Hellblazer was one of the first comics I read, back in 1987; I still have the first forty issues in a box in the closet. So this perhaps colours my impression of the movie somewhat, and certainly contributes to my disappointment, for Reeves is not who I imagined as Constantine, a cursed, terminally-ill demon-slayer. Instead of the sociopathic anti-hero loner in the comics, we get a slightly-tormented, mild-mannered version - it's like the difference between James Bond in the books, and James Bond as portrayed by Roger Moore; Constantine even has a "Q", beavering away in the back of a bowling alley. A lot of it isn't Reeves' fault, but that of a script which is the typical Hollywood toning-down of any edgy source material; the shift from Britain to Los Angeles is only the start.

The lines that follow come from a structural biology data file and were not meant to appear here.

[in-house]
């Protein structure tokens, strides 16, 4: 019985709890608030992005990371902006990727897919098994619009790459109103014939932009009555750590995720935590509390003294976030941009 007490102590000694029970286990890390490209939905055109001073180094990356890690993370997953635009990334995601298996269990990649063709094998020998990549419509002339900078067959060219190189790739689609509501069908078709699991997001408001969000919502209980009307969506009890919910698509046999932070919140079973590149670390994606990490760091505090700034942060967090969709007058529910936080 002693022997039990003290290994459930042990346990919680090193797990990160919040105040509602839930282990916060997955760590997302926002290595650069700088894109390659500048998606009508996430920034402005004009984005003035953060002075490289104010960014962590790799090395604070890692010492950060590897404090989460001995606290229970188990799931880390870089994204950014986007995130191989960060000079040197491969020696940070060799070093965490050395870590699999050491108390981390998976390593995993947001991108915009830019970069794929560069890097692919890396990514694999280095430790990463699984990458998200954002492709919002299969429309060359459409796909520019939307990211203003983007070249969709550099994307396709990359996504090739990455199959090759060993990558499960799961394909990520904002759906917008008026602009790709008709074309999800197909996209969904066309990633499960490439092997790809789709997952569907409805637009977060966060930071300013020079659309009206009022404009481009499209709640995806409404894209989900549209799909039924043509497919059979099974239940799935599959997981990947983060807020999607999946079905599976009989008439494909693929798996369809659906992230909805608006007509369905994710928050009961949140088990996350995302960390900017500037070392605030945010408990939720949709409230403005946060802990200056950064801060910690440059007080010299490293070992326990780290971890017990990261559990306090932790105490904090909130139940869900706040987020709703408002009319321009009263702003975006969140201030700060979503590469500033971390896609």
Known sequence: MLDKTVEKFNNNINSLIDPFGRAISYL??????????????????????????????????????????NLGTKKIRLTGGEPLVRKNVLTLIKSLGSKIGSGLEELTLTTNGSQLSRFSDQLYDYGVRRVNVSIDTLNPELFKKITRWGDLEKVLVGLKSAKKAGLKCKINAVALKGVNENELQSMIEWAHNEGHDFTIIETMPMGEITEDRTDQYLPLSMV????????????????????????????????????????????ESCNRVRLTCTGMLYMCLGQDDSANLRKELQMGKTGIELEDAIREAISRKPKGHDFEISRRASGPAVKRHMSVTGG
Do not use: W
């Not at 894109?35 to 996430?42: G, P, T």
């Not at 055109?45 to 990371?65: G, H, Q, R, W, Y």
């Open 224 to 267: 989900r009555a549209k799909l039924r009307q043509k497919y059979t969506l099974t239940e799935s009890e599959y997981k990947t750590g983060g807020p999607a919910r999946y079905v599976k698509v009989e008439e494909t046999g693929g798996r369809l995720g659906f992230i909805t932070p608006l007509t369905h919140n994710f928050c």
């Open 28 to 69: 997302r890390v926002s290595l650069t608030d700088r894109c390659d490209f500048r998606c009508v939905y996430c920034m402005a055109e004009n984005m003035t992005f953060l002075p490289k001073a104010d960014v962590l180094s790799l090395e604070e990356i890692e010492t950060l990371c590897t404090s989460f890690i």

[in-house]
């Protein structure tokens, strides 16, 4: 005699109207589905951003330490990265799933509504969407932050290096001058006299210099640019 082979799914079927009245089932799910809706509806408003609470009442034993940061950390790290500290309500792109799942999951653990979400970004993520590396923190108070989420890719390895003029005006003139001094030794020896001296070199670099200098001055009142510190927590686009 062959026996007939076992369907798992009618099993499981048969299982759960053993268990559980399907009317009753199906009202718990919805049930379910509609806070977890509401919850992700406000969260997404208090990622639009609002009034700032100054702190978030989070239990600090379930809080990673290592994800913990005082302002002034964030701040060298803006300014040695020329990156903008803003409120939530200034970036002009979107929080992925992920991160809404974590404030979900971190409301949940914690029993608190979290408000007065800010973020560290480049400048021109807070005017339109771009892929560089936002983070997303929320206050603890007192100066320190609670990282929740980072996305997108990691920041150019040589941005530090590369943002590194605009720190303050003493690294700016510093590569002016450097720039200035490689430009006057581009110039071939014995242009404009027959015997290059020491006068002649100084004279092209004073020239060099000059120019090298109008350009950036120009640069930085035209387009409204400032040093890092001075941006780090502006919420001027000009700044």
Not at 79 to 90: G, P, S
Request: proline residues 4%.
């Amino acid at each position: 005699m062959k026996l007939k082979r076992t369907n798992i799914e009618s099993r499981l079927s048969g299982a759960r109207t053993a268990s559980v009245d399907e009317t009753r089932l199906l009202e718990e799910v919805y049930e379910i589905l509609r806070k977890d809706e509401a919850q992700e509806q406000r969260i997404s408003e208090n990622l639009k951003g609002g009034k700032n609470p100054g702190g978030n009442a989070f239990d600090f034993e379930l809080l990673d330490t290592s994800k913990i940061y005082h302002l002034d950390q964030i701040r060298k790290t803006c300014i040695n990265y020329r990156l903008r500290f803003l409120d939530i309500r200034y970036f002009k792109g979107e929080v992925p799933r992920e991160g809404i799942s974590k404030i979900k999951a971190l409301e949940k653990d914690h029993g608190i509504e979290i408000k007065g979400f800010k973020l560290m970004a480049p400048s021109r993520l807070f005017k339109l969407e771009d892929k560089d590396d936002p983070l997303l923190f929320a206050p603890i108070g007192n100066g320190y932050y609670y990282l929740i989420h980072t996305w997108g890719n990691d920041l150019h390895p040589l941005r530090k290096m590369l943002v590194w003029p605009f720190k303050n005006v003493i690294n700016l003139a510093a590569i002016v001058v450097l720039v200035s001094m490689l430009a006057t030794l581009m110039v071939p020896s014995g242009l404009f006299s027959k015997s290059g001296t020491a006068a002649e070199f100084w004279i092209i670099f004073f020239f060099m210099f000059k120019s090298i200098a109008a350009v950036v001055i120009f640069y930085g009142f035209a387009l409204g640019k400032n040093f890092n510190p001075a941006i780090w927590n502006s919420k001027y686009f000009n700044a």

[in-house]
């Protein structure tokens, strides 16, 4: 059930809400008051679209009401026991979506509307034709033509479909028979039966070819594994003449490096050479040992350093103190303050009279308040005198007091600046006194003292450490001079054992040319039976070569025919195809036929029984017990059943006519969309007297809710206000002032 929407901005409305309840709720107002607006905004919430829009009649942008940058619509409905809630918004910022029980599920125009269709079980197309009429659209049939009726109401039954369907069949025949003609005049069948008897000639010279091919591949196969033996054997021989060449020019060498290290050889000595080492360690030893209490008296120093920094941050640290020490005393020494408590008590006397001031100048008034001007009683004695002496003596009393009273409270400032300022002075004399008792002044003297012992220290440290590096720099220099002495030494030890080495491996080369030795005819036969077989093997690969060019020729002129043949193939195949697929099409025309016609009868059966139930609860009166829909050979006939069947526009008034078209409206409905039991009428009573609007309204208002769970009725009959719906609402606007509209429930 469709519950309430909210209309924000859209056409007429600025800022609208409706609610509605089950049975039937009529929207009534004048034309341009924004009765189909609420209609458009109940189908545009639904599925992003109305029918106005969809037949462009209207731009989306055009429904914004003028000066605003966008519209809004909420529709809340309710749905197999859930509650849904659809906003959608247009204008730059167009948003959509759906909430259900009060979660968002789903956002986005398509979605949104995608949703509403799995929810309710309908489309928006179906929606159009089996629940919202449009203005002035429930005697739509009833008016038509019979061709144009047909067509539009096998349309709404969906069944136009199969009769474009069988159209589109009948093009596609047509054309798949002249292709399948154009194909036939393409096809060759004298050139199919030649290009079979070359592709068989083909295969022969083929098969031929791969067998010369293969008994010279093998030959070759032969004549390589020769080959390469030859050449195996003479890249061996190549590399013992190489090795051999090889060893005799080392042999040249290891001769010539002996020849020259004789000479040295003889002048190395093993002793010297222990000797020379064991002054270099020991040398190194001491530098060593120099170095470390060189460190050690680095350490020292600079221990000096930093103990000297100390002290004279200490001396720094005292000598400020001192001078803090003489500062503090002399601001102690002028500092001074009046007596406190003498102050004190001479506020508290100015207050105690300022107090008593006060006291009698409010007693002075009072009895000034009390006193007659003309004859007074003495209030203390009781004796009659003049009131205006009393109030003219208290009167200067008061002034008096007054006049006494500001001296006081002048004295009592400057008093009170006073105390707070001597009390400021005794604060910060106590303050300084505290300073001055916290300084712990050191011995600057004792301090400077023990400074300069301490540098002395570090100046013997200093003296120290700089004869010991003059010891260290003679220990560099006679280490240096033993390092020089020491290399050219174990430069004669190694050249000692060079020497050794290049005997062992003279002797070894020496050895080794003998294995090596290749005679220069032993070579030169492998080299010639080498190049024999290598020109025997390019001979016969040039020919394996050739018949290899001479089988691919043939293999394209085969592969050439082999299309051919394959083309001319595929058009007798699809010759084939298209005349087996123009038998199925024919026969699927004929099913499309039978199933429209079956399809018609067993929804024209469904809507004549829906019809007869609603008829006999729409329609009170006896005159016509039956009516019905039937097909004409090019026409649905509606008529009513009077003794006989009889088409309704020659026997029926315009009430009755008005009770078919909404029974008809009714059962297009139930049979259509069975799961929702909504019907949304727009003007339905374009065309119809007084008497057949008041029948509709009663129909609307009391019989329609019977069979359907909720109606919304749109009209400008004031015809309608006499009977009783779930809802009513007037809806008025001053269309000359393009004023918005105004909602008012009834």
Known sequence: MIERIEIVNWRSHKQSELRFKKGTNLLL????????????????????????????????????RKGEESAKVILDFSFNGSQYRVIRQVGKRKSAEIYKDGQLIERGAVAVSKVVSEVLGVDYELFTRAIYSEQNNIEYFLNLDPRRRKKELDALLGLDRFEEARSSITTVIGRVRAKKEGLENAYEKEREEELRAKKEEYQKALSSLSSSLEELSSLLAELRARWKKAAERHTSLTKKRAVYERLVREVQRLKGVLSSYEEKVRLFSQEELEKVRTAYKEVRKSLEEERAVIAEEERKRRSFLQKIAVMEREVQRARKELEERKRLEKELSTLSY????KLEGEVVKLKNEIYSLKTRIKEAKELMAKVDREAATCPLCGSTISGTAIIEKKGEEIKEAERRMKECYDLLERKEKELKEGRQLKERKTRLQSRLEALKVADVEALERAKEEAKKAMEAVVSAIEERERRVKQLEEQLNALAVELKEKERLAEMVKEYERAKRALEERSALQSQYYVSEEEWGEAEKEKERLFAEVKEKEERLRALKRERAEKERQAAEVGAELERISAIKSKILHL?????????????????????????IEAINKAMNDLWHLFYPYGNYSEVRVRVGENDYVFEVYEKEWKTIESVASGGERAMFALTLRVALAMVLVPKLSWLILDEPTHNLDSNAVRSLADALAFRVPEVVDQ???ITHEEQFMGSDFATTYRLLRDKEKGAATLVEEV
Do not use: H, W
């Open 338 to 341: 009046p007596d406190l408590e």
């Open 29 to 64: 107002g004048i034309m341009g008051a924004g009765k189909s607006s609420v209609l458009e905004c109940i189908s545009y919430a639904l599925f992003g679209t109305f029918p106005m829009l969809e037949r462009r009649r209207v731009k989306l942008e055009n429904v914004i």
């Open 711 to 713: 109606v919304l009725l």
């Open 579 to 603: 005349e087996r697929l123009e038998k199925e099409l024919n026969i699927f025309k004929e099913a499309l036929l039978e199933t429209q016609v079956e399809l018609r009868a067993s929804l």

And this is a shame, since the film has a great visual style, with a number of moments to make you go, "Whoa!", in an appropriately Neo-like voice. The problem is more a storyline that feels it has to hurl everything it cam find at the screen: God, The Devil, Gabriel, trips to Hell, the Spear of Destiny, and as a result, some of the more interesting angles (such as the Spear, which appears also to act as the Ultimate Airbag) get lost in the melee. I'm also unconvinced by the concept, necessary to the plot, that a failed suicide attempt, irrevocably commits the attemptee to eternal damnation. I guess the Catholic Church must have closed the confessional loophole. Overall, this isn't wretched, but it is neither a great adaptation, nor even particularly worthy on its own.